9 Steps for How to Field Dress a Deer

Good job! You got a deer. Now it’s time to talk about how to clean a deer. The first step is field dressing a deer.

Learning how to field dress a deer properly can significantly improve the taste and quality of your venison meat.

The Marty Prokop 9 Steps for How to Field Dress a Deer

1) How to clean a deer starts with a good kit to field dress a deer. When I head out for a day deer hunting I always carry a complete deer field dressing kit.

2) Members of my deer hunting community at free-deer-hunting-tips.com often ask, “ Marty Prokop, what do you bring to clean a deer?”

Here is what I bring to field dress a deer: latex gloves, large Ziploc-type bag, hand sanitizer, wet ones or wet rag for washing my hands, a sharp knife, a “belly zipper” or gut hook knife and 10 to12 foot of rope.

3) Part of how to field dress a deer is packing this kit into a large enough Ziploc-type bag and remembering to place it in your deer hunting back pack. The total weight of my kit to clean a deer is only about 12 to14 ounces.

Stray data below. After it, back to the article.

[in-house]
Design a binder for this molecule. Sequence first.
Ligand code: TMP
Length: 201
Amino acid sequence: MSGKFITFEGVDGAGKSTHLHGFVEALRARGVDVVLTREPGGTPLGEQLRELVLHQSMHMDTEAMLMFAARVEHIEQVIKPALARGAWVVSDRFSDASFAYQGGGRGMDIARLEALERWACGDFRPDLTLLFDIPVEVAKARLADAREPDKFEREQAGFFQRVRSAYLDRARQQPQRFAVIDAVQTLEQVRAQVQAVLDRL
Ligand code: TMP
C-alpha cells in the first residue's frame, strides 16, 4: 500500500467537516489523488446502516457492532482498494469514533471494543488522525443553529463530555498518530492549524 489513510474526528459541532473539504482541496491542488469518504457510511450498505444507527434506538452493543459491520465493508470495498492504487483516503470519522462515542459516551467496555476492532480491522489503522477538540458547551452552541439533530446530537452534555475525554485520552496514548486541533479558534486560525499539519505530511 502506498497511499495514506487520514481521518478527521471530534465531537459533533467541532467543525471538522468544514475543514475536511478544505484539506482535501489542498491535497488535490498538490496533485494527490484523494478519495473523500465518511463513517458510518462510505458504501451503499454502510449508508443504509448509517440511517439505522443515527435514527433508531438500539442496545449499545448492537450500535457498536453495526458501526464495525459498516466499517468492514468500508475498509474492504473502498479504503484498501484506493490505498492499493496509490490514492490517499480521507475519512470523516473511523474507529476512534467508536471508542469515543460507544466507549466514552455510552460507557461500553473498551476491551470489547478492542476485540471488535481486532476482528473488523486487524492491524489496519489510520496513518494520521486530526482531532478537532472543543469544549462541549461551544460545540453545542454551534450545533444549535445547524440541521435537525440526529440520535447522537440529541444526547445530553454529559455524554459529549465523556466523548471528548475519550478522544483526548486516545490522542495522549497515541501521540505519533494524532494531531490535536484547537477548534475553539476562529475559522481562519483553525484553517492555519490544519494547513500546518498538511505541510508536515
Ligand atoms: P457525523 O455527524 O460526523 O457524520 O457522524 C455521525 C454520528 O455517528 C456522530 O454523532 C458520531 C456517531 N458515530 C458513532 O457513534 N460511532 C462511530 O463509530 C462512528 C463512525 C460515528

4) After a successful deer hunting harvest, it is time to implement the remaining steps associated with field dressing a deer. I unpack each item from my deer cleaning kit.

5) Safety and sanitation are important parts of cleaning a deer. After the first time I learned how to field dress a deer, I decided to use latex gloves to protect my hands from bacteria. When you are planning your deer cleaning kit you could also use large plastic gloves sold at most sporting goods stores.

6) Once initial steps of cleaning a deer are complete, I wipe off my deer hunting knives with the wet rag or moist towel placing them into my pack.

7) After I have completed the steps detailed here on how to field dress a deer, I use the Ziploc-type bag to carry out the heart and liver. This keeps your clothes free from the blood associated with the process of cleaning a deer.

8) I use the hand sanitizer to clean my hands. I then pack up my deer cleaning kit.

9) I use the rope as a deer drag. This is a Marty Prokop how to clean a deer “must.”

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